The few days I stayed with my older sister was pleasant. We could catch up on many things.
She took me one morning to the new GOLF PARK ESTATE between Modimolle and Mokgophong.
Club house and cable car starting point at bottom of Waterberge.
From the veranda of the Club house. In the middle is a Naboom.
Euphorbia candelabrum is a succulent species of plant in the Euphorbiaceae family. Its Latin name derives from its growth habit, often considered to resemble the branching of a candelabrum. E. candelabrum is endemic to the Horn of Africa and eastern Africa along theEast African Rift system. It is known in Ethiopia by its Amharic name qwolqwal.
Inside the main building everything looked grand and rich.
Cable car moving up. Top of the mountain looking down at the Club house and
Nyls Vlei in the distance.
Looking at the Nyls Valley from the top.
The Nyl Floodplain is the largest inland floodplain in sSouth Africa, reaching 16 000 hectares when fully inundated. 10% of this floodplain is formally conserved as Nylsvley Nature Reserve, and was listed as a RAMSAR site, an internationally important habitat for waterfowl, in July 1998. Soon to be declared a national park, Nylsvley is one of the top birding spots in southernAfrica, with at least 365 species recorded. Over 104 water bird species visit (and many breed) during extensive flooding, which only occurs every three or four years. In high rainfall years, it is best to visit for two to four days in February to May. In dry seasons a two-day visit to see the bushveld birds is recommended.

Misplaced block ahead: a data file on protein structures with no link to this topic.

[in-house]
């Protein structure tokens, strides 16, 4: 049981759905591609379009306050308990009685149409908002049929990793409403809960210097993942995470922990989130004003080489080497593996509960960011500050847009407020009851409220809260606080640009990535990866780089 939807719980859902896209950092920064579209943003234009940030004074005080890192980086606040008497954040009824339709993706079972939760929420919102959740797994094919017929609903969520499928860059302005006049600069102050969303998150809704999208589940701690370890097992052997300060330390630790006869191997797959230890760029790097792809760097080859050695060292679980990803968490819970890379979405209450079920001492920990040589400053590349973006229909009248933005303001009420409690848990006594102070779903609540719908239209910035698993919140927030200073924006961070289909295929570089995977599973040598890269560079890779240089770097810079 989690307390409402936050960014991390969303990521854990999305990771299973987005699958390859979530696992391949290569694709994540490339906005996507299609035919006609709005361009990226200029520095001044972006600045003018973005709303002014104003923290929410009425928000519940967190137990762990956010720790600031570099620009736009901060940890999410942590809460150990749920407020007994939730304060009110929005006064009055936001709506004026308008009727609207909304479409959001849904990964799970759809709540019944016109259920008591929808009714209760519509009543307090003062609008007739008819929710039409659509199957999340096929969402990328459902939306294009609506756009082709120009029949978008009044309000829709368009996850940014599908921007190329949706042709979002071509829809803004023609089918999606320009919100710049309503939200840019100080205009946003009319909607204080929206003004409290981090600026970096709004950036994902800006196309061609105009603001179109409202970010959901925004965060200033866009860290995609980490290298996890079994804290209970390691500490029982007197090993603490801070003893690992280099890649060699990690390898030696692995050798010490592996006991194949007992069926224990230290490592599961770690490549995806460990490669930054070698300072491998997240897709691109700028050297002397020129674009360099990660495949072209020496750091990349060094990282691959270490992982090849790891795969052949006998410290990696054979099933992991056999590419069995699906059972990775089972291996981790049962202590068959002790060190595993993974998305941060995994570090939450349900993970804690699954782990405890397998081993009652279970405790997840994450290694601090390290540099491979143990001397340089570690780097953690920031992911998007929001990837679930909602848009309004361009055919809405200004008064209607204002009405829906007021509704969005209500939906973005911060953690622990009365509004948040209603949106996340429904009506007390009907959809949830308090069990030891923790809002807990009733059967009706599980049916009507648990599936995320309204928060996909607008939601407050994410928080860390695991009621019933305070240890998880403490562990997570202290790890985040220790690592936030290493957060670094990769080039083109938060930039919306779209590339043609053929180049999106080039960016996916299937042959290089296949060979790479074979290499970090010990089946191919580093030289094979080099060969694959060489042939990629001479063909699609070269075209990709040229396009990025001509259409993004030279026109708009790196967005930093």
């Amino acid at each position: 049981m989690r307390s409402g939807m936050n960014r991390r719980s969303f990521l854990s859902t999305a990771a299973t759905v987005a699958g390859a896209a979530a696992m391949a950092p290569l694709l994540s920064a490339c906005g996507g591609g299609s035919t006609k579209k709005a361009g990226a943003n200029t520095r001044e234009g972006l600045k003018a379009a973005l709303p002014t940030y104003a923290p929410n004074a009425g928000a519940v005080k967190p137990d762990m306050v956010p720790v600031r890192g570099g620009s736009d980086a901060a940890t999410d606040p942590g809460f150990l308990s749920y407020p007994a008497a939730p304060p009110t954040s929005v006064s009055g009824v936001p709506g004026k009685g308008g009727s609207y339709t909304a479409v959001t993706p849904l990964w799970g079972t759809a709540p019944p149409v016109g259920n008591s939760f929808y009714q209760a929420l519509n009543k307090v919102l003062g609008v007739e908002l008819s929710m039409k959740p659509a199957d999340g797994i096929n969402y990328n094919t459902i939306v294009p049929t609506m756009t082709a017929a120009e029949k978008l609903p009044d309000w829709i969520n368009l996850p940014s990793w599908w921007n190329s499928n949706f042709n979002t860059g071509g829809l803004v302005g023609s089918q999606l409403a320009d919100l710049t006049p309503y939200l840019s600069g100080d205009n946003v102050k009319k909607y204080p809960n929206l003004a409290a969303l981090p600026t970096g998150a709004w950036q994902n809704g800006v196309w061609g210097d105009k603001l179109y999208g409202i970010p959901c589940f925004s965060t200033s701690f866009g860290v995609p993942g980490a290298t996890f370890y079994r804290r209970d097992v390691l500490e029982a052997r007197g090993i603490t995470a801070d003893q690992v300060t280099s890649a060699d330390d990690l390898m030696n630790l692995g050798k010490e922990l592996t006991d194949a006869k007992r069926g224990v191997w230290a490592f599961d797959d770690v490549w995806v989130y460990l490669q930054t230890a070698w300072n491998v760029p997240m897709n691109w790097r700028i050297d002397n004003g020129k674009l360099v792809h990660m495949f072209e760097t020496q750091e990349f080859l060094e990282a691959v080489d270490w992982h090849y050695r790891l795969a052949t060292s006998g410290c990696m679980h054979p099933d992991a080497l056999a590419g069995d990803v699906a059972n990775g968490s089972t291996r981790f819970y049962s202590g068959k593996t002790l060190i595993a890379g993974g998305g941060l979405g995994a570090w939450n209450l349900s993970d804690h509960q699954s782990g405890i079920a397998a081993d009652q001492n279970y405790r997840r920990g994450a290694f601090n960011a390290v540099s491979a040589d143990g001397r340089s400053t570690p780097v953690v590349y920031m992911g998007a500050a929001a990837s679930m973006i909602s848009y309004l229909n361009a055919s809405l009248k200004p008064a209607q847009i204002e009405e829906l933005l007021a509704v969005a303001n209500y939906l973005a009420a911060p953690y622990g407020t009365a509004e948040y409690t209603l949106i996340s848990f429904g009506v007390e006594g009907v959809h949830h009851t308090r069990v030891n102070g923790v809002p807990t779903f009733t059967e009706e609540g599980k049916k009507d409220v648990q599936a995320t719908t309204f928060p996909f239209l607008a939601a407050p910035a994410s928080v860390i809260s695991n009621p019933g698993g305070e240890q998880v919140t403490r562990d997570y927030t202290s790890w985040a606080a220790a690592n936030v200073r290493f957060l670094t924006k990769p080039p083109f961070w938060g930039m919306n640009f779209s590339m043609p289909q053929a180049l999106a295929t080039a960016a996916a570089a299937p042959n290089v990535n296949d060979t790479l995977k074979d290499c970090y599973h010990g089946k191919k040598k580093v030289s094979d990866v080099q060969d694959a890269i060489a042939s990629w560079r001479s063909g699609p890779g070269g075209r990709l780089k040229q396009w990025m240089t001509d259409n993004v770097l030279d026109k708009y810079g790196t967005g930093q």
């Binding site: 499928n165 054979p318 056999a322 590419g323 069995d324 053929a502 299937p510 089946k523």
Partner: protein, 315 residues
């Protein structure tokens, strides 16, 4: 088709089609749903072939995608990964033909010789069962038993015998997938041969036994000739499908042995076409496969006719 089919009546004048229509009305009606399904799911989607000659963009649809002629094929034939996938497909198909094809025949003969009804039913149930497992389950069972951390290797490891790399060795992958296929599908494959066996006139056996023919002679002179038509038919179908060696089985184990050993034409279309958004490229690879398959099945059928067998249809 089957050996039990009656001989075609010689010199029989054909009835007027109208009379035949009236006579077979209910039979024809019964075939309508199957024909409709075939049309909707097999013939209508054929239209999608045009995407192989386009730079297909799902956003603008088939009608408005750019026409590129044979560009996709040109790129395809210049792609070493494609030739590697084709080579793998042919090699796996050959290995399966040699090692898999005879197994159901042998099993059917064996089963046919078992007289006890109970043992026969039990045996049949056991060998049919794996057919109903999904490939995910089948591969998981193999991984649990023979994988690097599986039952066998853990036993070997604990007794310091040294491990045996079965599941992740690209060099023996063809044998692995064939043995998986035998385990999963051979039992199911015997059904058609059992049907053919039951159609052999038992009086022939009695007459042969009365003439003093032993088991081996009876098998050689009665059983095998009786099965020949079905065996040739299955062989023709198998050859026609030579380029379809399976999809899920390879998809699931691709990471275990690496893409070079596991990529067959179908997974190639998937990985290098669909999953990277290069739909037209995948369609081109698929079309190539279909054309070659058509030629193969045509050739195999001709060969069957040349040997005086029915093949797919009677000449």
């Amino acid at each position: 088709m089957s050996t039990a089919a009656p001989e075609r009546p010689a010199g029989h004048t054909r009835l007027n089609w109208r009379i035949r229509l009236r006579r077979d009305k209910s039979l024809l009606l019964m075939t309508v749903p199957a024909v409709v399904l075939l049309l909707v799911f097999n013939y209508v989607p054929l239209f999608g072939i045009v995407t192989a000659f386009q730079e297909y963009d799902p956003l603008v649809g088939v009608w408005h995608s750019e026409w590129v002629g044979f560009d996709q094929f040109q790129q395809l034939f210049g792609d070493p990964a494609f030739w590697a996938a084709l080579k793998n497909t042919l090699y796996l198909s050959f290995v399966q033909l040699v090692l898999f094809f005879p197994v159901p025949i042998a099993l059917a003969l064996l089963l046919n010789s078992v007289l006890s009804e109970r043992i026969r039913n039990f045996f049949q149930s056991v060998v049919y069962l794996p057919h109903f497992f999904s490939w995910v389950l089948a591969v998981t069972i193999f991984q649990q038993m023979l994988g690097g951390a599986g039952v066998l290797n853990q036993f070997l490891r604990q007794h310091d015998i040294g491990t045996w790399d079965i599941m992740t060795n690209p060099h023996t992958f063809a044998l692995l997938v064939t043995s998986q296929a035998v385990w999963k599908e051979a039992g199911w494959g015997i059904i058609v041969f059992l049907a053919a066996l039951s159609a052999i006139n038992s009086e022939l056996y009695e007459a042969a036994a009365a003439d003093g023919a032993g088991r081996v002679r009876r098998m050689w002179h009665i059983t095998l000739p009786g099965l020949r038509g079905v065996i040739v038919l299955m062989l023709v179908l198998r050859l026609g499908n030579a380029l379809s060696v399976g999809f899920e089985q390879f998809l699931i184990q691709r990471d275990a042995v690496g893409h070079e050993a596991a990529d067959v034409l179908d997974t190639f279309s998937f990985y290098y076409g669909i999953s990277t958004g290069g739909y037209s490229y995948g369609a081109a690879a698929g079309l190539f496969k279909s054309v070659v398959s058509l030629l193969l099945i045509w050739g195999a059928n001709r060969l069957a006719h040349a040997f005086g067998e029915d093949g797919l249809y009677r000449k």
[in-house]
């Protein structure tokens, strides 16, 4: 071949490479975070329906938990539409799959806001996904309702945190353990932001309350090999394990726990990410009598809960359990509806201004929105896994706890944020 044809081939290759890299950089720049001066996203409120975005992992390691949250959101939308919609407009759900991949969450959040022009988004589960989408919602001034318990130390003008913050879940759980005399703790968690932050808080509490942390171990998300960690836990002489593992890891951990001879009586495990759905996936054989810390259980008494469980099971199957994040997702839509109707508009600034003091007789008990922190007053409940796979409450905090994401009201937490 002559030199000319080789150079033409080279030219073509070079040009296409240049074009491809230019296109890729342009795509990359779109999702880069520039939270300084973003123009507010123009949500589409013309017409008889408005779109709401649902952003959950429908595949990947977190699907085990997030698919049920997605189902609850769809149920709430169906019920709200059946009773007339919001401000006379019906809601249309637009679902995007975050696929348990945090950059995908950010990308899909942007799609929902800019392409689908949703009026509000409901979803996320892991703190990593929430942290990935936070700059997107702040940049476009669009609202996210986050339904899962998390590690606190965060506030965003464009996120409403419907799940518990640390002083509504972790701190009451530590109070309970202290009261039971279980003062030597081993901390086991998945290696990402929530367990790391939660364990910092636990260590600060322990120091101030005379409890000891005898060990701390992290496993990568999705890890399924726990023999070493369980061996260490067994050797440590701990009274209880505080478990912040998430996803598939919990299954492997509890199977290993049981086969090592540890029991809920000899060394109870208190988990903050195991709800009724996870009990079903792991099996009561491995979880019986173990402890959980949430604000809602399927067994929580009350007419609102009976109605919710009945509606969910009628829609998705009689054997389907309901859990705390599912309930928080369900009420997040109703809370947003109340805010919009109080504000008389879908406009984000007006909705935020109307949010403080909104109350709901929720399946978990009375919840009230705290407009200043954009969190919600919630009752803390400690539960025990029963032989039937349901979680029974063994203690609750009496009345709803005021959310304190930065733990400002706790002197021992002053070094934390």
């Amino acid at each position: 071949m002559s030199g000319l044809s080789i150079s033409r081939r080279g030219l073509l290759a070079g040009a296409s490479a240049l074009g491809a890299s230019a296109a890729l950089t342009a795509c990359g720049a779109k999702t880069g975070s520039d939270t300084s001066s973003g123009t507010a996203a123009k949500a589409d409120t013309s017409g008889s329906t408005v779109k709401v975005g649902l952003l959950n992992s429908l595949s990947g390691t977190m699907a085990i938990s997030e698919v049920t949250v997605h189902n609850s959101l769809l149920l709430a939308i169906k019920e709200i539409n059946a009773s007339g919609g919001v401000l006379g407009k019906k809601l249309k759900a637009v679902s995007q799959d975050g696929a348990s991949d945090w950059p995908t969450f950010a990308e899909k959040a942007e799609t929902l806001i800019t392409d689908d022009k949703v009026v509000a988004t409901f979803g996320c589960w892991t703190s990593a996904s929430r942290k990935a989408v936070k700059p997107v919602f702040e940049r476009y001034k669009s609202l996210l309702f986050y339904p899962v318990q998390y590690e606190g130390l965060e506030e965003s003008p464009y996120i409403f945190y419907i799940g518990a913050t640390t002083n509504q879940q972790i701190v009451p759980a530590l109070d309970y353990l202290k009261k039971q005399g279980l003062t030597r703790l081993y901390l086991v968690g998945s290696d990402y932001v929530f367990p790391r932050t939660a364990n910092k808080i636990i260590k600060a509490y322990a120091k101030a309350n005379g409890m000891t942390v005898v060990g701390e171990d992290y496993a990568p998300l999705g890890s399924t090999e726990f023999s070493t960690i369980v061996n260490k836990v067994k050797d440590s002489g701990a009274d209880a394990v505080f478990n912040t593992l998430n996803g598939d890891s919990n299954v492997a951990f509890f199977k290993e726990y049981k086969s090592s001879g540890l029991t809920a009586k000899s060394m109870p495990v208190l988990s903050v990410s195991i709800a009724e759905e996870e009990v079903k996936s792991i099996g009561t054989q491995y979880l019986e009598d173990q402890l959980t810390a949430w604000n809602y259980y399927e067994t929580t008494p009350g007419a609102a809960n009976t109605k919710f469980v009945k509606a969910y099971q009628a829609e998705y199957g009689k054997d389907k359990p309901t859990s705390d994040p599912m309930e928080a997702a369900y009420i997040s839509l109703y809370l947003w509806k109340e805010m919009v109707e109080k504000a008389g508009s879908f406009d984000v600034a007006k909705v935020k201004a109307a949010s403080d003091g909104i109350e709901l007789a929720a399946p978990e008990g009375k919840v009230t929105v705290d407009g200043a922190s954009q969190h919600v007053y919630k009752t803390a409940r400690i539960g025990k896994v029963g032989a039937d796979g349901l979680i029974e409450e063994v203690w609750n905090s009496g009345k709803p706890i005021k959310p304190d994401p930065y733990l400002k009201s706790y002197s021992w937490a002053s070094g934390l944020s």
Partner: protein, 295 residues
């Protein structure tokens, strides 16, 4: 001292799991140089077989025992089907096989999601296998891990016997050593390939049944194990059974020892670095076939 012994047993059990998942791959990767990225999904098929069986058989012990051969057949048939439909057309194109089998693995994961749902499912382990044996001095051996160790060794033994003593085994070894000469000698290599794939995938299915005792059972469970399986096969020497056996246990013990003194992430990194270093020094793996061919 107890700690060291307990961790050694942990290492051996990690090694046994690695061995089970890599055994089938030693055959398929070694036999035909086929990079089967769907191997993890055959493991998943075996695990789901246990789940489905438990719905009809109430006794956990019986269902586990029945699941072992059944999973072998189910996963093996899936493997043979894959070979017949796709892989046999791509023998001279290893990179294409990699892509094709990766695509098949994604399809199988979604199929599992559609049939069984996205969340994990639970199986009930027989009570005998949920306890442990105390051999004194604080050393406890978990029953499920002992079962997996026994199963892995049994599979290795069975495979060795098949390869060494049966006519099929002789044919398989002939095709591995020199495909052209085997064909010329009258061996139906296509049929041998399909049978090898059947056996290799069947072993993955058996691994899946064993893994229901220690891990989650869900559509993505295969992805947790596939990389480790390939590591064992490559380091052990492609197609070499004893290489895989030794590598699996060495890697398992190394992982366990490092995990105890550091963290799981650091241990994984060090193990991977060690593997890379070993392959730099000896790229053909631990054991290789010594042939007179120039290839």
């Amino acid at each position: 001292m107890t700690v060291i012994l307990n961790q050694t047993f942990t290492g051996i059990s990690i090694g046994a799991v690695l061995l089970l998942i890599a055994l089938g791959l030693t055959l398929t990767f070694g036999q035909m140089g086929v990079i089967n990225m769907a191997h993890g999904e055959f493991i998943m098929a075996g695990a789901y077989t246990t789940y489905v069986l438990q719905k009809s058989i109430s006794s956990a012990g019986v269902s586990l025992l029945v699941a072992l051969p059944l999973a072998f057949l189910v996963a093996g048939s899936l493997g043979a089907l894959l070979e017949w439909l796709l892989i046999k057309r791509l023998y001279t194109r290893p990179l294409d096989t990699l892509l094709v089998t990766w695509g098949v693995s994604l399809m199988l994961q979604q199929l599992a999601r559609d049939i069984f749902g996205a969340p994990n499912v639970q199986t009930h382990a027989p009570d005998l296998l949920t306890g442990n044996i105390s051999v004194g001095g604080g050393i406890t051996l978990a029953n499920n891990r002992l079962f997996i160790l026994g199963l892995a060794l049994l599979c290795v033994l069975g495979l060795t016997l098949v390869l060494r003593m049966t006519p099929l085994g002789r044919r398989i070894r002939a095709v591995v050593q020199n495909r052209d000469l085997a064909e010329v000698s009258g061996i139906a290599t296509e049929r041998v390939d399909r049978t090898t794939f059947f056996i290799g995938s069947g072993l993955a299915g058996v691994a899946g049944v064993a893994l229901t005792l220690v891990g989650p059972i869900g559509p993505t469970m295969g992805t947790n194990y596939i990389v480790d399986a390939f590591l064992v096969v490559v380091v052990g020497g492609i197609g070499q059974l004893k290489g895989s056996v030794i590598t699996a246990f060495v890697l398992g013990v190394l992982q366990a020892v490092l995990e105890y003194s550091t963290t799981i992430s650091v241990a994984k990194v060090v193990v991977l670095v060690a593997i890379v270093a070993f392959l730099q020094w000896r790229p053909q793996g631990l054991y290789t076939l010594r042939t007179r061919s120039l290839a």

We three sisters also went out for a good lunch just outside Naboom.
Here is a photo of the three of us together.
At my sisters place. This is Lilly looking at a lizard on the wall.
Mookgophong, also known by its former name, Naboomspruit, is a town in the Limpopo province of South Africa.
Town 42km north-east of Nylstroom and 51km south-west of Potgietersrus. It was founded on the farm Vischgat in 1907 and administered by a health committee from 1919. The name Naboomspruit is Afrikaans but derived from Khoekhoen; ‘euphorbia tree stream’, after the Euphorbia ingens which grows there. The town was officially renamed Mookgophong on the 24 November 2006, by the South African government .
The next trip is going to be the one to Zimbabwe.
It is a whole expedition on itself.
I am just going to touch it so that I can move on to the next Remember S A.